Scotland’s Catholic Bishops have expressed grave concerns over the Scottish Government’s Gender Recognition Reform (Scotland) Bill.
Among the concerns are the fact that the need for a medical diagnosis of gender dysphoria will reduce what the bishops describe as “the opportunity for crucial healthcare, support, and protection for vulnerable individuals, including children”.
The statement also echoes the concerns of the Scottish Council on Human Bioethics that the Bill is ‘unsafe’ and likely to harm young people and urges MSPs to oppose the legislation.
Bishops’ Conference of Scotland Statement on Gender Recognition Reform (Scotland) Bill
The Church is pastorally sensitive to the experience of those who desire to have a body and identity other than their biological sex. They are to be met with compassion and a particular care and support in the challenges and distress that come with a diagnosis of gender dysphoria.
We are gravely concerned about the changes proposed by the Scottish Government’s Gender Recognition Reform (Scotland) Bill.
The Bill introduces a system of self-identification, allowing a person to change their legal sex without the need for a medical diagnosis of gender dysphoria or having to consult a doctor. Removing this requirement and denying the important medical oversight that goes with it, will inevitably reduce the opportunity for crucial healthcare, support, and protection for vulnerable individuals, including children.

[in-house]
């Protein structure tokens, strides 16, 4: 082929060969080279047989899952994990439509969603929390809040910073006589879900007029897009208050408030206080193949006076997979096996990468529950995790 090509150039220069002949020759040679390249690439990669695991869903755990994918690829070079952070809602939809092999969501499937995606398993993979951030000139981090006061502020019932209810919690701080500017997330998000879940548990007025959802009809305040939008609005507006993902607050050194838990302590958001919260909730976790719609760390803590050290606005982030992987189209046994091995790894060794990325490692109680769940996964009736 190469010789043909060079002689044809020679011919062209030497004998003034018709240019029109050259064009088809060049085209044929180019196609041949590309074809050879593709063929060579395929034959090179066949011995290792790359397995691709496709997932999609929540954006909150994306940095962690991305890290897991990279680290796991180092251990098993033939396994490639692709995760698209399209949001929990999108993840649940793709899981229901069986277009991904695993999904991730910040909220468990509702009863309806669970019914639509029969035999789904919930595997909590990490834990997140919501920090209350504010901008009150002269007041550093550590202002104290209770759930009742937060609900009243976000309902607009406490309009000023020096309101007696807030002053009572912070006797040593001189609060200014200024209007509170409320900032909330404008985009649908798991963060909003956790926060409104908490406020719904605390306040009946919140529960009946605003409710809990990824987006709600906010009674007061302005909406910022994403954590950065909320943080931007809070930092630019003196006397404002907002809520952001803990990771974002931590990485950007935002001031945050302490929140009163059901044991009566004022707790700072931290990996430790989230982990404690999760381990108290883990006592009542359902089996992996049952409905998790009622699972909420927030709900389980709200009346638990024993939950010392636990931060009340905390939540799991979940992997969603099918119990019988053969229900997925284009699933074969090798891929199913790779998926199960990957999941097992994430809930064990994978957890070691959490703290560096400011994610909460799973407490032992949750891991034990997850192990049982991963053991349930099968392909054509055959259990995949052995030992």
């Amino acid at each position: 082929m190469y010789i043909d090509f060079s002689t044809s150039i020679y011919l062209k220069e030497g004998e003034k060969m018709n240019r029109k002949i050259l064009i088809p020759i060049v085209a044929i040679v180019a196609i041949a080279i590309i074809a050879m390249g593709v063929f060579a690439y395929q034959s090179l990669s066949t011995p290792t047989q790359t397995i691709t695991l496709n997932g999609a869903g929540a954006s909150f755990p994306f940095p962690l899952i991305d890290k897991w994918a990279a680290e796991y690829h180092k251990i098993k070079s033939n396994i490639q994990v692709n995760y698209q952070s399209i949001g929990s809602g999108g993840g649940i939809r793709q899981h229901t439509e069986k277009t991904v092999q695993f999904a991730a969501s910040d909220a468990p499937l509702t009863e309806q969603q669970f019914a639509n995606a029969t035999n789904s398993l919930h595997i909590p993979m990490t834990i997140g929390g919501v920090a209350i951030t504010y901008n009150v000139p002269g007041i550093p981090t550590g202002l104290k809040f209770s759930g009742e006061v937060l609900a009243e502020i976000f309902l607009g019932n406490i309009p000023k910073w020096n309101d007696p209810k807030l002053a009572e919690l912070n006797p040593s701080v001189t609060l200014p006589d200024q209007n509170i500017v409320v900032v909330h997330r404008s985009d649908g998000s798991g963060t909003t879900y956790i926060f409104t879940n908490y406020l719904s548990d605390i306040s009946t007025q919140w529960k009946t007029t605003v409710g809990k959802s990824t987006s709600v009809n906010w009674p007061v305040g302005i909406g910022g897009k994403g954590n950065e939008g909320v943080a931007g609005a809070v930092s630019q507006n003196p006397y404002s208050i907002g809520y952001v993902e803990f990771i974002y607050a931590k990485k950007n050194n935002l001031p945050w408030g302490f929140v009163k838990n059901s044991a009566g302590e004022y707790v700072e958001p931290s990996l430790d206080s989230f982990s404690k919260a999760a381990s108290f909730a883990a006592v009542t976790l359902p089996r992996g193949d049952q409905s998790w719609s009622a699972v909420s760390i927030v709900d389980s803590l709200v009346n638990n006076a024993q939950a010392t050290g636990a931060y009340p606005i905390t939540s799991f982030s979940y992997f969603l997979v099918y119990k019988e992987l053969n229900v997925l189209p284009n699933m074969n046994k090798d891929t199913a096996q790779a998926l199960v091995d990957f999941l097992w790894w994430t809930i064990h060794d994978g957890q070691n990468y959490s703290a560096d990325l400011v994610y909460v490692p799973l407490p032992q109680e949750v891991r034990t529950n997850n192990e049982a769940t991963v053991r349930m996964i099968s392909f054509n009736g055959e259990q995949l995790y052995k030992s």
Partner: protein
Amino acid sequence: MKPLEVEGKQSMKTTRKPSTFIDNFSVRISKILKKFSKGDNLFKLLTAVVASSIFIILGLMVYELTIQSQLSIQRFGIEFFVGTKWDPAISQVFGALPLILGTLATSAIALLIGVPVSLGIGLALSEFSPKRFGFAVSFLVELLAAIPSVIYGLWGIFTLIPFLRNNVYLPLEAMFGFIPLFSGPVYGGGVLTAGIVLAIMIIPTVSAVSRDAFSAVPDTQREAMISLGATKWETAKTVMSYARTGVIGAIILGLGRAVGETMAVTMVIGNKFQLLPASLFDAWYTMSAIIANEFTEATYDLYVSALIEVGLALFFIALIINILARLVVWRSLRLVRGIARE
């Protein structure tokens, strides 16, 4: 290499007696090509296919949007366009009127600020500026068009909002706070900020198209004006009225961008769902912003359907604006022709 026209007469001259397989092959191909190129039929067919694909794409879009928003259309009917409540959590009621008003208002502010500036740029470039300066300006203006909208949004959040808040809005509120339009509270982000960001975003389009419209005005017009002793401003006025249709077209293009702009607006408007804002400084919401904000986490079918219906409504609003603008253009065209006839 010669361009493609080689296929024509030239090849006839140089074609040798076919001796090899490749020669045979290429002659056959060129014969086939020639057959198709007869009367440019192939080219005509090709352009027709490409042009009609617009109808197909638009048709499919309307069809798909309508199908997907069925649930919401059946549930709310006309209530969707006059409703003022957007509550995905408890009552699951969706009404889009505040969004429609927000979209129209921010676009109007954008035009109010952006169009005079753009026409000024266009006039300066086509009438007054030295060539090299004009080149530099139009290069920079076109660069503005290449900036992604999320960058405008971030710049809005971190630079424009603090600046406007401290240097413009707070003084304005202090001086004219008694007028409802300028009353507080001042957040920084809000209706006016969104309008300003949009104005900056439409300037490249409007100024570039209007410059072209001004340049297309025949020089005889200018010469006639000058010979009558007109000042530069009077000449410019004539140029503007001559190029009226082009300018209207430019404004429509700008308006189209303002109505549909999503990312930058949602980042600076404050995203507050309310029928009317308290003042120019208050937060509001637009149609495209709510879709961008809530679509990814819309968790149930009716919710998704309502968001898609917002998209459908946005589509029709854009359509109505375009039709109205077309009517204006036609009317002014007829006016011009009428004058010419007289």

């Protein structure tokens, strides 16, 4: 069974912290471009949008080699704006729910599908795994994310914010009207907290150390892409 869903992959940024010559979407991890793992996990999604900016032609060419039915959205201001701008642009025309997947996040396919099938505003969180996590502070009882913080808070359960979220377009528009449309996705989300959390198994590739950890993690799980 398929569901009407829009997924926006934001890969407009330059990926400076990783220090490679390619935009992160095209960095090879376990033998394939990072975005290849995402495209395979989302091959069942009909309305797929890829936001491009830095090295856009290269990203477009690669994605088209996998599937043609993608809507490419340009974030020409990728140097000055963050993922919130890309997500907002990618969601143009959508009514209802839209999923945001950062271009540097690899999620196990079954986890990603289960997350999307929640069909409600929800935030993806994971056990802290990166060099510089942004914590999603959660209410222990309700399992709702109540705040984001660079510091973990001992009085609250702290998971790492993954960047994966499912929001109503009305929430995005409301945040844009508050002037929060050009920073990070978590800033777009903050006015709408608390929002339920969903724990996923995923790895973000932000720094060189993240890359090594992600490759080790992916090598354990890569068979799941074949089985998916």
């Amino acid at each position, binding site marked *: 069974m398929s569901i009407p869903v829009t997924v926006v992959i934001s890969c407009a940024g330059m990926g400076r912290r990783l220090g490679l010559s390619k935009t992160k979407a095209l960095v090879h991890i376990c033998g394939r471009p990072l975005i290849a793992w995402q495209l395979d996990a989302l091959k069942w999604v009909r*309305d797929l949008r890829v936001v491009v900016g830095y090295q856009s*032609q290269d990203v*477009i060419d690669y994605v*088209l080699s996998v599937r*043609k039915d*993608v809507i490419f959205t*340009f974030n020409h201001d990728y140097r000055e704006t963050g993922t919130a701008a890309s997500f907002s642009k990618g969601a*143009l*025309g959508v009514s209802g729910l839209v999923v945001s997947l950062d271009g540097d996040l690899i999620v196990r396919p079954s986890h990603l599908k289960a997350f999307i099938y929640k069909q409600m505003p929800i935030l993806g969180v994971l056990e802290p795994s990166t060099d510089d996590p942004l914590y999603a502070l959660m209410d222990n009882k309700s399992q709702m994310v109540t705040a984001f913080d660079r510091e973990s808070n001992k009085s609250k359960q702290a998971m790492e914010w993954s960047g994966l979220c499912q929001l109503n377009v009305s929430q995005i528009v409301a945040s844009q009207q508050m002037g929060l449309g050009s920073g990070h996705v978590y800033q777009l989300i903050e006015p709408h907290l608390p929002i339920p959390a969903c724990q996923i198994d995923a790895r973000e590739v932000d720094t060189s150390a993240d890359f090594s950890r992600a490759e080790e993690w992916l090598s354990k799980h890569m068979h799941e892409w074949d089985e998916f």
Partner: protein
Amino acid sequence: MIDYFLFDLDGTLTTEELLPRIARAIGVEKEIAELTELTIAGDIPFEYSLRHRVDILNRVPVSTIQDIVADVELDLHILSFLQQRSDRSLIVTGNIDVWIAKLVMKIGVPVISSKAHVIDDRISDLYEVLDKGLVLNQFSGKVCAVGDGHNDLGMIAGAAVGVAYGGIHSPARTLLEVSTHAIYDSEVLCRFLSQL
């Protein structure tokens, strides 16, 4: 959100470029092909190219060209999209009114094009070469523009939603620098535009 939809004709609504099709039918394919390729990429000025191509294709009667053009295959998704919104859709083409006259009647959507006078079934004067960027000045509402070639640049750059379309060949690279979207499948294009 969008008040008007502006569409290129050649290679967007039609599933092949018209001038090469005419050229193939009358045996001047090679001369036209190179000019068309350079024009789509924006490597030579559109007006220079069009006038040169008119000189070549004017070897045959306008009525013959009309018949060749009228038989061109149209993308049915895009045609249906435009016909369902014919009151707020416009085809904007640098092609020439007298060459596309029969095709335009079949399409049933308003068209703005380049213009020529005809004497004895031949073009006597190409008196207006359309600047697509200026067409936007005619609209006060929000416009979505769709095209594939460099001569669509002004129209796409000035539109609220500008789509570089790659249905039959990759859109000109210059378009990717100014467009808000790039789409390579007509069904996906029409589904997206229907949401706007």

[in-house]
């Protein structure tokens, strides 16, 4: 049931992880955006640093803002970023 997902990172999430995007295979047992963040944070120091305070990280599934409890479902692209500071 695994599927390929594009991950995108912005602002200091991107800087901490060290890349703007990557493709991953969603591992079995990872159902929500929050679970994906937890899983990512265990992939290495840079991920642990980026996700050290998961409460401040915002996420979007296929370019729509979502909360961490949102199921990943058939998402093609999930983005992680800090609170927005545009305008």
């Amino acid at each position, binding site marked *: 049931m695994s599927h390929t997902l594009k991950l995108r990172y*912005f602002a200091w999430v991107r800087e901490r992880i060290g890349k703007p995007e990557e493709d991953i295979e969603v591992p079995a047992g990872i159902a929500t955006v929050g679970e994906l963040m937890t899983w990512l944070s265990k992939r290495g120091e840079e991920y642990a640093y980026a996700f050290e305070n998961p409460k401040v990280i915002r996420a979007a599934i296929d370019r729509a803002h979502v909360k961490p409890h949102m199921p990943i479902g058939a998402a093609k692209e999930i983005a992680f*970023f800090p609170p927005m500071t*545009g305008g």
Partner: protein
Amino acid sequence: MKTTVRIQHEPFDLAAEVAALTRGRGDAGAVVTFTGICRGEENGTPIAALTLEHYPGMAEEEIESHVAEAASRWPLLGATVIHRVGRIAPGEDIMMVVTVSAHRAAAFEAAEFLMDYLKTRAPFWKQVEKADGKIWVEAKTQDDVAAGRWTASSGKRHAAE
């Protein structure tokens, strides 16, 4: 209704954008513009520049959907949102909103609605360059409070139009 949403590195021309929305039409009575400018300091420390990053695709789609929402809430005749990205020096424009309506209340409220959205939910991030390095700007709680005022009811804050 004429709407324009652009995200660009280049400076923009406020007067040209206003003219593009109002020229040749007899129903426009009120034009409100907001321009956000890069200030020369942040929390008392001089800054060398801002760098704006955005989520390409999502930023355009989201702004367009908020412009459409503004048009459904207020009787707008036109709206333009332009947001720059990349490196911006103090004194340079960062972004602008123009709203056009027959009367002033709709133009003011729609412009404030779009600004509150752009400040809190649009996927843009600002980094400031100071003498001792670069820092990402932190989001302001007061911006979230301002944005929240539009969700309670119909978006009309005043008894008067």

Children must be protected from making permanent legal declarations about their gender which may lead to irreversible elective interventions, including surgery. Lowering the minimum age from 18 to 16 and introducing a system of self-identification will put more children and young people on this path. Our concerns are amplified by the intervention of the Scottish Council on Human Bioethics, which has described the Bill as ‘unsafe’ and likely to harm young people.
Women’s organisations also have recorded their own concerns about the Bill, principally that the proposed reforms will increase risks to the safety of women and girls by men self-declaring as female and accessing women-only spaces. There are also real concerns that the proposals will mean a female healthcare practitioner will no longer be guaranteed for women and girls, even when it is requested.
The freedom to hold the reasonable view that sex and gender are given and immutable and disagree with the idea of gender as fluid and separable from biological sex should be upheld. Particularly for those who work in education, healthcare, the prison service, or as marriage celebrants who, from both reasonable and religious perspectives, hold an understanding of marriage as a union between one man and one woman.
We urge members of the Scottish Parliament to uphold these freedoms and to oppose this Bill.